Jaime Roel Conde: Well, what we are mainly asking for is that the Community of Madrid has to increase investment in primary care. Over the past ten years this investment has been declining more and more and we are losing more and more professionals, because the working conditions are not the most adequate. So we need more staff to be hired, we need a limit for the number of patients that can be seen in a day. We are asking for about 31 patients for family doctors and about 15 for pediatricians. And furthermore, what we are asking for is that a series of measures be taken to ensure the loyalty of doctors in training and to make sure that the residents who are trained every year in Madrid want to stay and work in Madrid. The suspicion we have is that the the Community of Madrid’s administration has a privatization plan. They begin to erode the primary level in order to achieve a poorer quality of service, and that finally results in the system gradually losing quality and thus achieving a progressive and surreptitious privatization.
Fran García: Well, we have to consider that if public health care fails, sooner or later private health care will fail. Private care does not have the capacity to take on all public care, so people should not believe that with a €50 insurance policy they will have everything solved. There will come a time when public care, public health, will fail, private care will overflow, and there will be services that cannot be covered because they do not have the support of public health care.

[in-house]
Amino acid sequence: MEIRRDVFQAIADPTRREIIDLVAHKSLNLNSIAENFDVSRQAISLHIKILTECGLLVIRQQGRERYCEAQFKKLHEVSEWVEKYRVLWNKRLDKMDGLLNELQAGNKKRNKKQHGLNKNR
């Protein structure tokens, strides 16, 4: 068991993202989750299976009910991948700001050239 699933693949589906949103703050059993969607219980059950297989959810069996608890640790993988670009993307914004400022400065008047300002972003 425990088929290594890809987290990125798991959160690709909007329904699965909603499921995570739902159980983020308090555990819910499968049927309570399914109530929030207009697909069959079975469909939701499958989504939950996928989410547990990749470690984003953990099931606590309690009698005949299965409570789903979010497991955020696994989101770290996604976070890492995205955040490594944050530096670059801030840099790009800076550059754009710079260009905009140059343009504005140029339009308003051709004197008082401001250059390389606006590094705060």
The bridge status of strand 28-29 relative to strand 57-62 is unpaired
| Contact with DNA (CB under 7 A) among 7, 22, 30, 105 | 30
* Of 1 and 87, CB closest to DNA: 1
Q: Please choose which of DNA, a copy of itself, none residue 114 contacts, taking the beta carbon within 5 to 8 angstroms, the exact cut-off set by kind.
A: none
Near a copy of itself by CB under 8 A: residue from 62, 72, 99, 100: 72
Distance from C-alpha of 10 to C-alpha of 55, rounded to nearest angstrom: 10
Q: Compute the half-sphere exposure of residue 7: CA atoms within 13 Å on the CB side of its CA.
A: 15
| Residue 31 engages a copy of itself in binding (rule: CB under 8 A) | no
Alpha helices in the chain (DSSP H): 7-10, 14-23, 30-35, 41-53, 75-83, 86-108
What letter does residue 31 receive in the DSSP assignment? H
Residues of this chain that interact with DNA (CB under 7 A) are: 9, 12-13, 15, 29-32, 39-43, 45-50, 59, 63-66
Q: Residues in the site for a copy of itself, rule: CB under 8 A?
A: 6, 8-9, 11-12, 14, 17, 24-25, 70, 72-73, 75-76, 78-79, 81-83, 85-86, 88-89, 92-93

Ana Isabel Díaz: Many of the services are being privatized because they are not investing in primary care, so money is being given to the private sector to fill the private sector’s coffers, taking it away from the public health system. And that is much more costly. So we need that money to come to primary care, to the public health system, because it’s the fair thing to do for all citizens, and it does not discriminate on the basis of a patient’s bank account. It doesn’t matter if you have millions in your bank account or nothing at all, the health system will continue to take care of you and if you need a heart transplant, you will get it regardless of how much money you have. And if you need care for your child, you are going to get it no matter how much money you have. That is what we are fighting for.
Jaime Roel Conde: Public health is one of the fundamental pillars of the Welfare State. Here, in Spain, we have a Welfare State which could be better, but which has taken us many, many years to develop, and it is based on several fundamental pillars, one of which is health care. Health care is one of the backbone mechanisms of this society, because all Spaniards, all people residing in Spain, not only Spaniards, have the right to a health system, to a public health system which in principle is built to be a quality system, to ensure a better level of health for the population and that no patient, for any reason whatsoever, be exempted from this health system.
Reporter: The doctors’ fight is not only for their labor rights, but also for maintaining one of the social pillars of Spain: a public, free and universal healthcare system.